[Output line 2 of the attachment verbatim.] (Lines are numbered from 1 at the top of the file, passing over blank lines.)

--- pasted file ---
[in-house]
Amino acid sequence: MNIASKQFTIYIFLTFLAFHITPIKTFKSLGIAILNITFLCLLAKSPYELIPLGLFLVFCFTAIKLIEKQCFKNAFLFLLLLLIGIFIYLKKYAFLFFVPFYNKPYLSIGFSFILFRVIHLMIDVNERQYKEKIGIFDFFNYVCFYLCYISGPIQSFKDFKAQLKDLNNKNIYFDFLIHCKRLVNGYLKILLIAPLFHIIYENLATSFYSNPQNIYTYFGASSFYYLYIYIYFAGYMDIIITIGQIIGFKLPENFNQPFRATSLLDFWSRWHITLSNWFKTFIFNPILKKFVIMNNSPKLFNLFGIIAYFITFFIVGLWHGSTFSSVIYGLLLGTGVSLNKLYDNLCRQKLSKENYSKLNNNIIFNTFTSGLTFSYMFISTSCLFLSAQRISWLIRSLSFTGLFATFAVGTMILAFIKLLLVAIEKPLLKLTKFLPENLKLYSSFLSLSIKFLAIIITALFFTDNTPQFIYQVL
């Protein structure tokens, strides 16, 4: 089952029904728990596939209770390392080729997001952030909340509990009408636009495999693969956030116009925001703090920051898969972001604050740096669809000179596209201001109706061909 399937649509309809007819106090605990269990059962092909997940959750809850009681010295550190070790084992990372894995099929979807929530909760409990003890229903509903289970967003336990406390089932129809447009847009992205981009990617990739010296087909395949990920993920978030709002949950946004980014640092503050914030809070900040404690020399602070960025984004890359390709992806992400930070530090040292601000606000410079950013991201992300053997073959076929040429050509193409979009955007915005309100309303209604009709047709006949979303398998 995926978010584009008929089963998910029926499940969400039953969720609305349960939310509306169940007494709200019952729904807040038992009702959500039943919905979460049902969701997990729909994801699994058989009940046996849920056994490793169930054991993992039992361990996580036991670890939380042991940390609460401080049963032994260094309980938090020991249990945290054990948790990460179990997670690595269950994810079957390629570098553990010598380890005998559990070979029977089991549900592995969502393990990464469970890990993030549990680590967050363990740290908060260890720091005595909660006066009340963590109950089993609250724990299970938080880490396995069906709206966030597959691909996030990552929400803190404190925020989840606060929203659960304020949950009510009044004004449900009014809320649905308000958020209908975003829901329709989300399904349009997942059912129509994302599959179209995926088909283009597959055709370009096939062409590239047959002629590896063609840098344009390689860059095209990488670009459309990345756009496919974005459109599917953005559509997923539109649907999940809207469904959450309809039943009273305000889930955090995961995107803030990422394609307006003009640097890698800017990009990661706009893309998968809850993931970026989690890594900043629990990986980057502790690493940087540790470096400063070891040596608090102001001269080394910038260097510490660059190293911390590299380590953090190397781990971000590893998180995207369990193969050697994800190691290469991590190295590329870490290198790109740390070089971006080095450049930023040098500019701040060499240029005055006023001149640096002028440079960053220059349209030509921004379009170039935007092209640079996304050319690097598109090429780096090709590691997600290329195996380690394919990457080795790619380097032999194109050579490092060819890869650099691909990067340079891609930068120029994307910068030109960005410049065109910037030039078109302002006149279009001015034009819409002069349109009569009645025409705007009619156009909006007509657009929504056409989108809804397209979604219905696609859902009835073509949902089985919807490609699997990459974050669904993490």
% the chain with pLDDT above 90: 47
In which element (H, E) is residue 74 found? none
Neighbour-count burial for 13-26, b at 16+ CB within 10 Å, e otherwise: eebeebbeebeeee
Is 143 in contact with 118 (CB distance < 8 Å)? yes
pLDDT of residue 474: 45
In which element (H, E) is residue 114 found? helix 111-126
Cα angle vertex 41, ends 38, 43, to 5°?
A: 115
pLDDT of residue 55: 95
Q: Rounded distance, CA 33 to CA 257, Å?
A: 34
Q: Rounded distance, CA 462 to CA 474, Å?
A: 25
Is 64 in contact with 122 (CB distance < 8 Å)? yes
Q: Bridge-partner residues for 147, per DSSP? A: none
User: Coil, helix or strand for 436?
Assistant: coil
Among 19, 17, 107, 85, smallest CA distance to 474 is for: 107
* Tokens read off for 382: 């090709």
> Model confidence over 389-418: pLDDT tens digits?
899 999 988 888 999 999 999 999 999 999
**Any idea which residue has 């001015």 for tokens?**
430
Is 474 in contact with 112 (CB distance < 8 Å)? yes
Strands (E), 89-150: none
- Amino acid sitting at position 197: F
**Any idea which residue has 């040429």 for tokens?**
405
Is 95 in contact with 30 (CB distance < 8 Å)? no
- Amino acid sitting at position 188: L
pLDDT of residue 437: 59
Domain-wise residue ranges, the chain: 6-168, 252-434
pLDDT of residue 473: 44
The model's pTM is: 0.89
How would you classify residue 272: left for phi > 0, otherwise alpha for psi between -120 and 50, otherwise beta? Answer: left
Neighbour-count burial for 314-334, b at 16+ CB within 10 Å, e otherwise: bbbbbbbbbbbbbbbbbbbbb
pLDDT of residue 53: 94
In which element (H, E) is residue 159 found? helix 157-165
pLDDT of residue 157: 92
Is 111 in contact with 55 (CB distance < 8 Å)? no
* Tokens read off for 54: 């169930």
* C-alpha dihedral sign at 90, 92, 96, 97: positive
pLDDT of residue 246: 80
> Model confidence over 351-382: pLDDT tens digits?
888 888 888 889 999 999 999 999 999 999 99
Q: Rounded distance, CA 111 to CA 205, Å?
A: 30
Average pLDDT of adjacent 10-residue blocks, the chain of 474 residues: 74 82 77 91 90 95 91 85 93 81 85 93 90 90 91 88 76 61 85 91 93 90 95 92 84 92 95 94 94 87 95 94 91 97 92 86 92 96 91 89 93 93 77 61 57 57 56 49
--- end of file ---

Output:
Amino acid sequence: MNIASKQFTIYIFLTFLAFHITPIKTFKSLGIAILNITFLCLLAKSPYELIPLGLFLVFCFTAIKLIEKQCFKNAFLFLLLLLIGIFIYLKKYAFLFFVPFYNKPYLSIGFSFILFRVIHLMIDVNERQYKEKIGIFDFFNYVCFYLCYISGPIQSFKDFKAQLKDLNNKNIYFDFLIHCKRLVNGYLKILLIAPLFHIIYENLATSFYSNPQNIYTYFGASSFYYLYIYIYFAGYMDIIITIGQIIGFKLPENFNQPFRATSLLDFWSRWHITLSNWFKTFIFNPILKKFVIMNNSPKLFNLFGIIAYFITFFIVGLWHGSTFSSVIYGLLLGTGVSLNKLYDNLCRQKLSKENYSKLNNNIIFNTFTSGLTFSYMFISTSCLFLSAQRISWLIRSLSFTGLFATFAVGTMILAFIKLLLVAIEKPLLKLTKFLPENLKLYSSFLSLSIKFLAIIITALFFTDNTPQFIYQVL